In May, the renowned luxury German pen company Lamy will arrive in Soho (452 W. Broadway).
1. Inkbar: Bottled inks (from $20) in many colors that come with a blotting-paper roll and ink-roller cartridges ($13) on white lacquer shelves.
2. VIP area: A conference table surrounded by shelves of the company’s finest pens for press events and meetings.
3. Fountain pens: Shelves stocked with fountain pens with “nibs” — the part that touches a writing surface to deposit ink — of various thicknesses, from EF (extra-fine) all the way to B (bold) (from $37).
4. Writing table: A triangular table covered in tester pads so customers can try out their pens.
5. Notebooks: A shelf for writing pads, like a lined pocket-size notebook (from $15).
2x2: Translucent Teapots
For watching your water boil.
Three in One
Hesperios, the knitwear line that prints a literary journal, opened a Soho shop on February 7 with jams, Brazilian shoes, and vintage books (23 Cleveland Pl.).
Pastries from Meyers Bageri ($12); cheeses and butters from Saxelby (from $22); honeys from Canada and jams from Sidehill Farm; housemade sodas.
A mini-cabin in the shop’s yard is filled with books like On Reading, by André Kertész ($45); Under Milk Wood ($30), by Dylan Thomas; and Rilke’s Sonnets to Orpheus ($40).
Shoes from Brazilian designer Mari Giudicelli (from $594); Chinese silk scarves from Temps des Reves (from $91); a selection of Hesperios-brand knitwear.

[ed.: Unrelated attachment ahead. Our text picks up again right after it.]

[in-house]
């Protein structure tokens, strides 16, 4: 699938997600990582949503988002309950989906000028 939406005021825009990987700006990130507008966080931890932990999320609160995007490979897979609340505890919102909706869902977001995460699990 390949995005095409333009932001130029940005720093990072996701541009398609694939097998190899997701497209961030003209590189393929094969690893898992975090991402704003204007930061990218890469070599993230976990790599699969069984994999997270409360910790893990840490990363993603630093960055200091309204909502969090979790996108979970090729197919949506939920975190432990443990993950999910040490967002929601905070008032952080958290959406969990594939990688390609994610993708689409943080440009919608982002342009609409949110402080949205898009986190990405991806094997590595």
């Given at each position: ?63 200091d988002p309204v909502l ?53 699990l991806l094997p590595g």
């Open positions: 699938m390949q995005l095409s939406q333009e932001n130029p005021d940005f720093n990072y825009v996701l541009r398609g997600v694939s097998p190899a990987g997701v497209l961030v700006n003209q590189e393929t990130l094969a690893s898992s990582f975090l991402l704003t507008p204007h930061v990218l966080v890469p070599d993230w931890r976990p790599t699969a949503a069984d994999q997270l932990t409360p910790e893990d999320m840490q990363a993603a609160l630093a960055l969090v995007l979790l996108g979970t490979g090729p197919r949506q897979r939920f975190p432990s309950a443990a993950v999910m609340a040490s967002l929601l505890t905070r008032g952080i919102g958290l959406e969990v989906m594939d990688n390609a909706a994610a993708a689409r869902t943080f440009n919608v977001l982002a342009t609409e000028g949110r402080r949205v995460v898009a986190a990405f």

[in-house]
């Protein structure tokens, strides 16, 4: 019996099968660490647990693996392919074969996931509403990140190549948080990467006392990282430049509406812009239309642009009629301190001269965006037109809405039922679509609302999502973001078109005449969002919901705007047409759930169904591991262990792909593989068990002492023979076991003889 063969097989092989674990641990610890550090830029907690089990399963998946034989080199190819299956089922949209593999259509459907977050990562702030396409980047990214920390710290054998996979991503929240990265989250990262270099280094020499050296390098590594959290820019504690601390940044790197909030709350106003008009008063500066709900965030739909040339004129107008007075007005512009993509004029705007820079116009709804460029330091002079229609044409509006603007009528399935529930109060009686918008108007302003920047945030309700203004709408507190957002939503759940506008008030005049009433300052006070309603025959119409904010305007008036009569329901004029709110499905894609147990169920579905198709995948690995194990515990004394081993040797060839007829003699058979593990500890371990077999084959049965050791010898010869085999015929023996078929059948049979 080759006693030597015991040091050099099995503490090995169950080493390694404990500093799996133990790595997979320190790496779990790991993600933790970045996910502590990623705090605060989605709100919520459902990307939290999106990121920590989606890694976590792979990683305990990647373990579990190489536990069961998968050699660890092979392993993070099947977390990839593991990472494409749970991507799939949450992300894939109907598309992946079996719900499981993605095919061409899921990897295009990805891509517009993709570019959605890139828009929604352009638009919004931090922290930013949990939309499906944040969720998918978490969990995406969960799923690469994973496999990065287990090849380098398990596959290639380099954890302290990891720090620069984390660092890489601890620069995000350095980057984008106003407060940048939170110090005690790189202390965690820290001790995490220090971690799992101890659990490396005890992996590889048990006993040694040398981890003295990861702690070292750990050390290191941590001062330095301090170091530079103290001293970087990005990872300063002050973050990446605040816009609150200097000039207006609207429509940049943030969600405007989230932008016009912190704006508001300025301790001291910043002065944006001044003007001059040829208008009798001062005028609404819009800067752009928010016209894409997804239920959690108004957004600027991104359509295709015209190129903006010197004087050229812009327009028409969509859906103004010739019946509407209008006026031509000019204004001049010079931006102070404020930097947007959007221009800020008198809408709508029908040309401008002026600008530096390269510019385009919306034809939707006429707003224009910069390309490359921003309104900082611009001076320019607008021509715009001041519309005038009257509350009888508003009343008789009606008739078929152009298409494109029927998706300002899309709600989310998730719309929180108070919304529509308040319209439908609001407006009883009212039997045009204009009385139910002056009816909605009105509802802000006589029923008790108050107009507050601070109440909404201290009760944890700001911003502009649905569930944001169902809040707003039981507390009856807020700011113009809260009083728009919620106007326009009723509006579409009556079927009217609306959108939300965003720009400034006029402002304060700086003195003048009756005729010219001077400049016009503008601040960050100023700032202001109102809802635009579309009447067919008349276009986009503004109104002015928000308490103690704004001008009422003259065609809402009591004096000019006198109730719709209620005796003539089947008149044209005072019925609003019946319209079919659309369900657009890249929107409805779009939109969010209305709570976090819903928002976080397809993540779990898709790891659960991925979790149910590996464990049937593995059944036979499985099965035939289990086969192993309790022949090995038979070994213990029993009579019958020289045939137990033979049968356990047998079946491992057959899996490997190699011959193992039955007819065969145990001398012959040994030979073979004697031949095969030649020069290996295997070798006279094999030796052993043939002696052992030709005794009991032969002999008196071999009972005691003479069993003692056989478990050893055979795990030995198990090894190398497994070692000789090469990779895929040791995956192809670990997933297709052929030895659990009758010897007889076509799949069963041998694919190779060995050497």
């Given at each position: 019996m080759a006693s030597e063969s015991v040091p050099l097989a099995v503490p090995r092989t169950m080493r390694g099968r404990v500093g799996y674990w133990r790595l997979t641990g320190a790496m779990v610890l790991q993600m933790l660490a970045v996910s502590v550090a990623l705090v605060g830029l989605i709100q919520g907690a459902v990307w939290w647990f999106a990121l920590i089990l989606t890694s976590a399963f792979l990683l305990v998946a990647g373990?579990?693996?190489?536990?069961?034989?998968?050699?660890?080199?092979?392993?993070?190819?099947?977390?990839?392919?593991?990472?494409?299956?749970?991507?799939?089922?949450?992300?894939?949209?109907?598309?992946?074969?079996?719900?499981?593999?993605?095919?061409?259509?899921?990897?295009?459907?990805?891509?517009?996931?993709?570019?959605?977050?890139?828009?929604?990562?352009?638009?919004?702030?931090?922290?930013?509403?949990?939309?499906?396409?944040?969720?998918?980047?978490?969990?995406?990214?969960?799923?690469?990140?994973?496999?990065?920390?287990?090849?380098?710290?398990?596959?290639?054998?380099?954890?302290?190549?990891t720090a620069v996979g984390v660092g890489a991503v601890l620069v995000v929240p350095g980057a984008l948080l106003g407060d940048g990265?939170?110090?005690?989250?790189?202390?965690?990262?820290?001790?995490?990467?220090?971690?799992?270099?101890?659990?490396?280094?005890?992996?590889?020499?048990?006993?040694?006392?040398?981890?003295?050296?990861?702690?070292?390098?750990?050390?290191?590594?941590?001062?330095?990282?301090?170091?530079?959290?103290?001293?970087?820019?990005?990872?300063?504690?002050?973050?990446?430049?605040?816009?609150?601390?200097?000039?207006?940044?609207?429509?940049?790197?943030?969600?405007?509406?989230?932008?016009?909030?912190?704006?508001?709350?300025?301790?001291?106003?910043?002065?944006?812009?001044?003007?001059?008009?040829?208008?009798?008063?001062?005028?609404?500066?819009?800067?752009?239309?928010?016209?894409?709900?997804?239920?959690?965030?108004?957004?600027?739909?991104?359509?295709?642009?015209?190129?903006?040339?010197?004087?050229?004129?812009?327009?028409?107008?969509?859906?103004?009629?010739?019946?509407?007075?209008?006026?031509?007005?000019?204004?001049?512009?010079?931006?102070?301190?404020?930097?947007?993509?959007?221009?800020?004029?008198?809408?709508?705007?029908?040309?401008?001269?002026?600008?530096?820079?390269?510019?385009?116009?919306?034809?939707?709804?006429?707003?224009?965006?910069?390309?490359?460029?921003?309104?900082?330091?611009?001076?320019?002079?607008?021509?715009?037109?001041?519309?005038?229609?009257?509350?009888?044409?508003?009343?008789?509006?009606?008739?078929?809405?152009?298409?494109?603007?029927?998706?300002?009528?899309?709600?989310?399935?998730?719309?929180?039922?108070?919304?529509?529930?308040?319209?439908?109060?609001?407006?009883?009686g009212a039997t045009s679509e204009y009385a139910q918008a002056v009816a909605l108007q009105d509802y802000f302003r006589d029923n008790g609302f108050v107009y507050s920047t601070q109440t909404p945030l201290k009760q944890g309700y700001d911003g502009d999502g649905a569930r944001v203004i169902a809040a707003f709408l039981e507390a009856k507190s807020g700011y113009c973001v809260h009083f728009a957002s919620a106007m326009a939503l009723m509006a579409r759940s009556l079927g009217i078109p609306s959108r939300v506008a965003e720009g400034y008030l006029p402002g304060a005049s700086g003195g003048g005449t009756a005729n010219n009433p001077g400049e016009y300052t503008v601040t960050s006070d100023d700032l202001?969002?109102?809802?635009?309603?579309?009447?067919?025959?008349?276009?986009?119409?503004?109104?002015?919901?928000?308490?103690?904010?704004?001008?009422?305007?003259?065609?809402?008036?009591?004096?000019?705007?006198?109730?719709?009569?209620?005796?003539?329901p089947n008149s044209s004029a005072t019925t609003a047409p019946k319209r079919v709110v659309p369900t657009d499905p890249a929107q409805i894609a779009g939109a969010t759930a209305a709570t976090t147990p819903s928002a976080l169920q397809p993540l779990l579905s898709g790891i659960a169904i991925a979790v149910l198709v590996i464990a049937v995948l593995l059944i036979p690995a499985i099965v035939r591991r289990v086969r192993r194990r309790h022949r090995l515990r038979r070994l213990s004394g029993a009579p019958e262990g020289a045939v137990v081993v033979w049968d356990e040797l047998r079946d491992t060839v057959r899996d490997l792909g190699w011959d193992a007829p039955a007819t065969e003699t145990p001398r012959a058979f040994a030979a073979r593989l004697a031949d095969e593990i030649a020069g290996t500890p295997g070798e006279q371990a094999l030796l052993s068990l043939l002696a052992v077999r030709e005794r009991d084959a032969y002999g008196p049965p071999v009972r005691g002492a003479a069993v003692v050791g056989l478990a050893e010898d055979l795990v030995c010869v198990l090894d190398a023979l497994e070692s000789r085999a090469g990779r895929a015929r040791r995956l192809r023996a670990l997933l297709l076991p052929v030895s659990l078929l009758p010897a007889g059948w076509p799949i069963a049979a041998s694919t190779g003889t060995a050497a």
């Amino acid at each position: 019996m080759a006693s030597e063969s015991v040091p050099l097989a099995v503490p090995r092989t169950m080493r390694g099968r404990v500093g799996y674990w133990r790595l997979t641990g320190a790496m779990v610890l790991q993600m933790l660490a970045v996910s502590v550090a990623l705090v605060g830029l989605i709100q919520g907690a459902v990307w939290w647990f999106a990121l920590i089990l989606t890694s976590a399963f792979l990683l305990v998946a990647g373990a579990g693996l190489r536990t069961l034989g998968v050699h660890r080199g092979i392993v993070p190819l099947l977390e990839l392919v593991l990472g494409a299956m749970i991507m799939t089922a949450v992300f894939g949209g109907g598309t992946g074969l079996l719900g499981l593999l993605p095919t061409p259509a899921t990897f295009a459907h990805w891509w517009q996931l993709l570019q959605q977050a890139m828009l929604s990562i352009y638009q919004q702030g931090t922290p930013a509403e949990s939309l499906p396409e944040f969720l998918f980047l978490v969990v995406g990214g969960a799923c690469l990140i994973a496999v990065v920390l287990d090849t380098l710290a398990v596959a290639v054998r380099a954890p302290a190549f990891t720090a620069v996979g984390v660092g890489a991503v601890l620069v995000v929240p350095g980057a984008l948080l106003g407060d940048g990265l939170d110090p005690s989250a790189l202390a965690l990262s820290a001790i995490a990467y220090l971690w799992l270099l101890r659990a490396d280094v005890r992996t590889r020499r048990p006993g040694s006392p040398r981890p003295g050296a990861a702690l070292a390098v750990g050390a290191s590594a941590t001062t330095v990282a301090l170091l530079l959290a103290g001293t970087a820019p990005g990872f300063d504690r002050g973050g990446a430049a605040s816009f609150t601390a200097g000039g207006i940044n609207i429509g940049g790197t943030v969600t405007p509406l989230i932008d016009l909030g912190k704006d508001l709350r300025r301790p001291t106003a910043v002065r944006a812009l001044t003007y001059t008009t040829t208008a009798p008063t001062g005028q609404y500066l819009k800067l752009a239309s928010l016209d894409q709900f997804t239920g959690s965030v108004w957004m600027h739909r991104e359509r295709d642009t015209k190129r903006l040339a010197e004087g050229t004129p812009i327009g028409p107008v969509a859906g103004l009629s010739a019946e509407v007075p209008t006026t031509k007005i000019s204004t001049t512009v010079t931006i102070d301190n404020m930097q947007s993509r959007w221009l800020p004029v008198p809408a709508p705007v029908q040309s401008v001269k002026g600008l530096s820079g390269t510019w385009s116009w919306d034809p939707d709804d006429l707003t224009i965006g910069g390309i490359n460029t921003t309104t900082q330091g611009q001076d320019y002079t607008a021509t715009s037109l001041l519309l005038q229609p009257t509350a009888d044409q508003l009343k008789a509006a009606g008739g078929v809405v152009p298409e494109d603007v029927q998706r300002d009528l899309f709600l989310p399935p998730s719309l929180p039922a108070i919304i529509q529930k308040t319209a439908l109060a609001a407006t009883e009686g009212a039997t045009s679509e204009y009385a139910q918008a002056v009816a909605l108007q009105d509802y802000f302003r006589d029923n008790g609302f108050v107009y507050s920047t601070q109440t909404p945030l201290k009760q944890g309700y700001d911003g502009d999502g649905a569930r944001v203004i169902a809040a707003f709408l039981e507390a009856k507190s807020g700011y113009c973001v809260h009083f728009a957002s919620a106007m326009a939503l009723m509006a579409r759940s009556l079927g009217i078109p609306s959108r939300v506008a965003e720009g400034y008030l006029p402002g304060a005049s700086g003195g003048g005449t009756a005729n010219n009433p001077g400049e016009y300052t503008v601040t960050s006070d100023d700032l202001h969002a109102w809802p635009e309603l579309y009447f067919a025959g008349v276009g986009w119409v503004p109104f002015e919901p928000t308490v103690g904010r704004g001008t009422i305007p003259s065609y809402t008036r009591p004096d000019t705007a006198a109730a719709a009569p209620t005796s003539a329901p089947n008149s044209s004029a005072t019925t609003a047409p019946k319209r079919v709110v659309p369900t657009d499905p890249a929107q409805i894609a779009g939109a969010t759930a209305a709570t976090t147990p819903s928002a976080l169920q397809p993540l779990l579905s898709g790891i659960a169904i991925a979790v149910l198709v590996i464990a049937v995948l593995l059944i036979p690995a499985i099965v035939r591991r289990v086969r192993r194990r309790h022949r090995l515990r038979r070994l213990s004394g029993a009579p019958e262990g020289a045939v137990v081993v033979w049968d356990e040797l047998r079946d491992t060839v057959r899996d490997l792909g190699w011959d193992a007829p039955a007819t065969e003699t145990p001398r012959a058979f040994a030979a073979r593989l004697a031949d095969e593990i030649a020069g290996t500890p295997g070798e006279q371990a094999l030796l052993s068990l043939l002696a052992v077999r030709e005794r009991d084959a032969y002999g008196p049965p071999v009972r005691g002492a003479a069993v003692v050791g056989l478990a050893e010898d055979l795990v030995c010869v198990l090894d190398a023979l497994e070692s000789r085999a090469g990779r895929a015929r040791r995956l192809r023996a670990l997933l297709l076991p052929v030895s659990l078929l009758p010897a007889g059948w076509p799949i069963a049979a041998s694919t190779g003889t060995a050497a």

This spring, textile designer Rebecca Atwood opens her first shop (175A Mott St.).
“We’ve only been online, and it’s hard to help customers pick designs without working with them in person. In our space, we’ll have a bed to show how our duvet covers go with our watercolor pillowcase ($129). We don’t do that Anthropologie, more-is-more look. There’s nothing wrong with that — we’re just in favor of calmer patterns.”
Carla Hammond is now behind the wheel of her new roving meditation bus Be Time.
“I’ve been meditating for years. A few years ago, I started noticing food trucks everywhere and I thought it would be so cool to open a meditation truck. I decided to use a bus: Ours was refurbished by the design studio Aidia. They installed 15,000 LED lights so we can provide light therapy with the meditation. We park, tweet our location, and then our classes ($22) happen hourly. Parking is a challenge — we have to wake up and start driving at 7 a.m. But I have a trick: Since we don’t have seats, just cushions, we qualify as a commercial vehicle. And those commercial plates let you park almost anywhere.”
On February 10, former fashion designer Kelsie Hayes opened The Popup Florist, a (permanent) plant shop with resilient succulents and emotive enamel pins (63 E. 7th St.).
“Steffi Lynn’s cards ($5) go super-well with my vibe. She has another one that says ‘I Love It When You Call Me Big Poppy,’ with a poppy on the front.”
“These card holders ($50) are by Susan Alexandra, who is every blogger’s obsession. I love their story: This little old lady in Chinatown beads them.”
“Smaller arrangements ($45) make a bigger statement than big arrangements — less expected. I love this one with anemones, ranunculus, and garden roses.”
“These enamel pins ($12) are by Chris Uphues. I have one on each collar of my coat and get a lot of compliments. Enamel pins are so in right now.”
“My succulents (from $12) come from California; I buy ones that don’t require much. It makes me sad when people tell me they have a black thumb.”
*This article appears in the February 19, 2018, issue of New York Magazine.